Since 1995, McLaren has been using Mercedes-Benz engines, but after two difficult seasons in F1 their new deal with the Japanese car manufacturer renews one of the most successful partnerships in motorsport's elite class.
"The first few races I predict will be problematic, as we wrestle with what we hope are performance advantages, and inevitably performance advantages sometimes carry unreliability with them," Dennis told CNN's Amanda Davies in an exclusive interview.
"Once we've got that in control, I think our competitiveness will be quickly established, and I feel when coupled to two world champions, and the talents of Fernando Alonso and Jenson Button, I think that the outcome I hope will be inevitable: that we'll return to our winning ways," he added.
During those halcyon days of domination, McLaren and Honda won 44 out of the 80 grand prix they raced as Ayrton Senna and Alain Prost secured a clean sweep of world titles between 1988 and 1991.
It was the type of stranglehold Mercedes had over F1 last season when world champion Lewis Hamilton and teammate Nico Rosberg at times appeared to be only racing against one another.
Last year, Mercedes won all but three of the calendar's races, finishing with at least one car on the podium at every single race.
While admitting to a "degree of guesstimate," Dennis believes McLaren, which signed a multi-year global partnership with CNN at the start of 2015,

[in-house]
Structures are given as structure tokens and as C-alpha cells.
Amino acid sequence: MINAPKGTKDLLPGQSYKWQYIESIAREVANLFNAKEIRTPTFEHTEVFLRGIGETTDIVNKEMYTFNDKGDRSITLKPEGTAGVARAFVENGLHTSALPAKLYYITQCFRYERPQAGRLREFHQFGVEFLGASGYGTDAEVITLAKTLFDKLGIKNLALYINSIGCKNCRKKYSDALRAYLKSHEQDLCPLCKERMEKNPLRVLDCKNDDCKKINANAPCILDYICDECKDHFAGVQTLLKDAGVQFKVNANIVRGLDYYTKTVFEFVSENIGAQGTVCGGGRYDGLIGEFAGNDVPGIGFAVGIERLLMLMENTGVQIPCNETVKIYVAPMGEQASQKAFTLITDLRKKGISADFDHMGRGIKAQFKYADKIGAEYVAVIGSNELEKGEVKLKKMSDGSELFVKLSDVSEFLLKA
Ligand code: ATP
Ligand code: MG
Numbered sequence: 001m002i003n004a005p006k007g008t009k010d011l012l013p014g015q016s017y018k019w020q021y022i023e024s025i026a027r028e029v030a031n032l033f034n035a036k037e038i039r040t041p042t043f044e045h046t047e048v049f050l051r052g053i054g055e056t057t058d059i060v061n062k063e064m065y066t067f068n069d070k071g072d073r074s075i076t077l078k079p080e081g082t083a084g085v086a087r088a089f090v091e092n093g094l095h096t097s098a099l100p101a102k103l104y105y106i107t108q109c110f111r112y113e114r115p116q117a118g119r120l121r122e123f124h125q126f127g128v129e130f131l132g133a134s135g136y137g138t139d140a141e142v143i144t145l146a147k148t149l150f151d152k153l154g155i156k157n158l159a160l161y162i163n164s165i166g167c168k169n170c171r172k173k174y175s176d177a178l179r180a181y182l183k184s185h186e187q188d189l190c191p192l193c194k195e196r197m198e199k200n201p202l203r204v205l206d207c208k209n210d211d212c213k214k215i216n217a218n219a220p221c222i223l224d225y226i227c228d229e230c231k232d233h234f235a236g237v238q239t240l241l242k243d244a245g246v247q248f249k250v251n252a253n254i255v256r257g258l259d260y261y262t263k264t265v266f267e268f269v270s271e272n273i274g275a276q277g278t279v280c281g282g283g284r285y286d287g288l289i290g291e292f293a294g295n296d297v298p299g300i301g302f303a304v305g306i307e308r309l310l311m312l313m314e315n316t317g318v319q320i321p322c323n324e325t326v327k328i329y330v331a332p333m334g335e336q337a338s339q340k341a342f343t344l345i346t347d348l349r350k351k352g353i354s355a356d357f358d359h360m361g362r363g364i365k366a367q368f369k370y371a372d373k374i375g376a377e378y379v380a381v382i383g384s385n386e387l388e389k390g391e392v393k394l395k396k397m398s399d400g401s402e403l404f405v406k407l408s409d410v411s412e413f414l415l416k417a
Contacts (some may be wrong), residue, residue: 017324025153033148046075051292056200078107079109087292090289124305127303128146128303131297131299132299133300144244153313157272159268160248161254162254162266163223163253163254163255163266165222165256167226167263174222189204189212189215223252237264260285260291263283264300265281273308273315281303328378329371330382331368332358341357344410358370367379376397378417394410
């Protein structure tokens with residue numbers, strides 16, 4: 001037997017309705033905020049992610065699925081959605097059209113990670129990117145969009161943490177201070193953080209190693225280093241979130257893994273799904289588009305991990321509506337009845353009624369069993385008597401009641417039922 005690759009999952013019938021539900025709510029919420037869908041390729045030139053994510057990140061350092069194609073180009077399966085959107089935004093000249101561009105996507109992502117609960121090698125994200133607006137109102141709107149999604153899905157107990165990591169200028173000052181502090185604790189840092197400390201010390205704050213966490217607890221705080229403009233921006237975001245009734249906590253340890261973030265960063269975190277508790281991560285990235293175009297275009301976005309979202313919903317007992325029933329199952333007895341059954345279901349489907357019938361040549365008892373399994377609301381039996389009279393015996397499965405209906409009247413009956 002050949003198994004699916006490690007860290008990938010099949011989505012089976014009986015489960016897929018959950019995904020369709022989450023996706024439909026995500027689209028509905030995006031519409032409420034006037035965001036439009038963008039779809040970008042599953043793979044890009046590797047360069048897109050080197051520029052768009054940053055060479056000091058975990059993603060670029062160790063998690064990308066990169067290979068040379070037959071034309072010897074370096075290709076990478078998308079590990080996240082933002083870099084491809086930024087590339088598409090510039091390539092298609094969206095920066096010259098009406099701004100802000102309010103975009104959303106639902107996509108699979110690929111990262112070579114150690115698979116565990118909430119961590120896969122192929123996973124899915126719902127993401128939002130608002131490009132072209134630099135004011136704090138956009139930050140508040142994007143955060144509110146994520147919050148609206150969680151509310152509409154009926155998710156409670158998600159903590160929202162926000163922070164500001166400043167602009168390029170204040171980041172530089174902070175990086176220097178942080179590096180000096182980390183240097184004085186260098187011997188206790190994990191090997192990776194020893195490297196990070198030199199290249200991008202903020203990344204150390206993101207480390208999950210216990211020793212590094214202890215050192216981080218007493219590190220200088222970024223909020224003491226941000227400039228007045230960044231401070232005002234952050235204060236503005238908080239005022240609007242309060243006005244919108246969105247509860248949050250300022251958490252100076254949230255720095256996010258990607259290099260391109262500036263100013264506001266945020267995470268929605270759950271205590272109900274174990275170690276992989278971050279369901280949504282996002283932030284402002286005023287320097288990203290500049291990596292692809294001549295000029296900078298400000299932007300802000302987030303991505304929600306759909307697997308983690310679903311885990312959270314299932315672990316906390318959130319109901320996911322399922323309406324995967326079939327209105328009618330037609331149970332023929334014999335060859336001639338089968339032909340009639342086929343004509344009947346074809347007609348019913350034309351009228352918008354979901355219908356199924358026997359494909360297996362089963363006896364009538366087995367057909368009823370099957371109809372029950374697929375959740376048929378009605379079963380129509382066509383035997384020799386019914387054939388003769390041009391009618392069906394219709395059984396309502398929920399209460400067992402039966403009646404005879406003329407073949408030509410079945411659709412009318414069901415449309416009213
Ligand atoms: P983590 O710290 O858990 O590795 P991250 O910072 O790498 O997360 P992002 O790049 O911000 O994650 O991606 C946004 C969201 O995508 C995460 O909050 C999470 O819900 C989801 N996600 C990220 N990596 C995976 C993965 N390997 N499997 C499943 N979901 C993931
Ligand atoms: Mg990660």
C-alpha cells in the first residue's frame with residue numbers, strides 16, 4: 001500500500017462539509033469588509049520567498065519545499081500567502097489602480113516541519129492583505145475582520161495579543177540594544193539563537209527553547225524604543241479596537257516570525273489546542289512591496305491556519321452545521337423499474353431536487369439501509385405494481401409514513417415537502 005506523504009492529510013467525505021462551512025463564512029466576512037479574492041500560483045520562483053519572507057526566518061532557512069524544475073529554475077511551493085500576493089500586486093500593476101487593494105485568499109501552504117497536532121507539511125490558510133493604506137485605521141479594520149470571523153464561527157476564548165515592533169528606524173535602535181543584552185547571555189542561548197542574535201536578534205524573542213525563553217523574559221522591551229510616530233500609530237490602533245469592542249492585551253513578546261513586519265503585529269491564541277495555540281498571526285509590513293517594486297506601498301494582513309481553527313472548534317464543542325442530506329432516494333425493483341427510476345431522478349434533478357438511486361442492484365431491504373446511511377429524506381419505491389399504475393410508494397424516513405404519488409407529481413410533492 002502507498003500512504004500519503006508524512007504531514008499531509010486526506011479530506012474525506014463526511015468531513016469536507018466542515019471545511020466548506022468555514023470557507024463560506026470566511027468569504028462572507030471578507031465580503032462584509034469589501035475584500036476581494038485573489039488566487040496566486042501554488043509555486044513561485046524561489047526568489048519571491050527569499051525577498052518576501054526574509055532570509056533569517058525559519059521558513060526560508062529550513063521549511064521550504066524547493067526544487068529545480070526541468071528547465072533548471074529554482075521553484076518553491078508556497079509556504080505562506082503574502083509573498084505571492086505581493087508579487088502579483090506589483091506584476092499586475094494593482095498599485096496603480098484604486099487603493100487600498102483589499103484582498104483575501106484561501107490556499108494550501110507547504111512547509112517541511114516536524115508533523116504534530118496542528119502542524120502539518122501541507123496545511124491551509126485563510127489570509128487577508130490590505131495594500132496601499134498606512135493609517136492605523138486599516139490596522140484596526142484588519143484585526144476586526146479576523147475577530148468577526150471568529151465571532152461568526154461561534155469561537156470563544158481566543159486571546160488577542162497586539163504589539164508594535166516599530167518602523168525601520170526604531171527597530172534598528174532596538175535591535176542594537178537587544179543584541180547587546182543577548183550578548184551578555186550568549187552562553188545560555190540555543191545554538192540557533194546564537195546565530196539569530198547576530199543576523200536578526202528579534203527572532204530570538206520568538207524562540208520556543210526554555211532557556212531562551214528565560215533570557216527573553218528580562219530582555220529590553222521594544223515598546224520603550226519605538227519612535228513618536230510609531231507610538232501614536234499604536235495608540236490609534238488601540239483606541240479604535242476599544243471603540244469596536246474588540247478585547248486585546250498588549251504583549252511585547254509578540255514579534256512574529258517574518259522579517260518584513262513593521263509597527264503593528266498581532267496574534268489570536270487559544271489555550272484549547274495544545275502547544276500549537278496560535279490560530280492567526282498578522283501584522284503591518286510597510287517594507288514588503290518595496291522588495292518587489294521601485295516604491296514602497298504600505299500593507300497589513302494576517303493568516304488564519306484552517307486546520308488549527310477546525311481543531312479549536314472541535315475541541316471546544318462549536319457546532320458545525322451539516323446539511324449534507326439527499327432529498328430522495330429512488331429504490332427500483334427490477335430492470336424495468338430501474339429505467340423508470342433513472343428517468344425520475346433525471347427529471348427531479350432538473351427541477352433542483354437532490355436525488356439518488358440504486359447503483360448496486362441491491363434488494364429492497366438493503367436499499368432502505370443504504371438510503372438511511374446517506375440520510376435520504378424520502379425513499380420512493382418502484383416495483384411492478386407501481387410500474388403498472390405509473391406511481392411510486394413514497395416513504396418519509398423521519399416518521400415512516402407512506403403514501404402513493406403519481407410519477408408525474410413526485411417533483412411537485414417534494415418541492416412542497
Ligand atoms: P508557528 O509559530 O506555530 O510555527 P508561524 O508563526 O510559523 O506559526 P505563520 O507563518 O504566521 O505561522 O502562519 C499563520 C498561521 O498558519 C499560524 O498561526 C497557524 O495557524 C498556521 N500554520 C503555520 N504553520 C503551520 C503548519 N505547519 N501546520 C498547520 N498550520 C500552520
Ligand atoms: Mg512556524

are not too far behind Mercedes, the team predicted to once again dominate the new season that gets underway with the Australian Grand Prix on March 15.
"It's unlikely that anybody has surpassed the efforts of Mercedes-Benz. And in sheer horsepower terms we don't really fear the Mercedes-Benz engine," added the McLaren boss.
For motorsport fans the 1988 McLaren-Honda MP/4 car is one of F1's most historic pieces of machinery after it won all but one of the 16 races that season.
Speaking to CNN ahead of the launch of the team's new car Thursday, Dennis conceded it was unlikely that the new incarnation of the partnership would be able to replicate that level of success, preferring to emphasize that Alonso and Button were key to McLaren's hopes of success.
"The tendency of the regulations at the moment is to put more control back to the driver," said the McLaren CEO as he compared F1's pilots to "automotive musicians."
Dennis added: "He has to be able to play with these devices and optimize the performance of the car, sometimes even during the lap.
"So driver competence is going to play a very significant role in the future of grand prix racing until there's another regulation change."
But managing two world champions is never easy — as McLaren and Dennis discovered when Alonso left after just one season (2007) with the team due to tensions between the Spaniard and then rookie teammate Hamilton.
Before Alonso returned to McLaren for a second spell, Dennis conceded that "a great amount of time" was spent talking between the two of them about what had gone on before.
"I have to say it's more about the future than about the past. That as a topic was really about one third of the discussion and it was quickly dealt with. I mean we're older people ..."
While Alonso's seat at McLaren was sorted out "five or six races before the end of the season," Button was left to sweat over his F1 future.
Eventually he signed a new deal to extend his four-year stay with the team in December, with his services retained above Kevin Magnussen, who stayed on as a test and reserve driver.
"These drivers had contracts through to the end of 2014 so there's no contractual necessity and I was absolutely open to both drivers about what the process was," said Dennis.
"So I can understand the fuss but the fact is we're a business. We're a sport in a business, there's a right time to take the decision, and the right time to take the decision was the time it was taken. If it had been appropriate to take it sooner we would have done."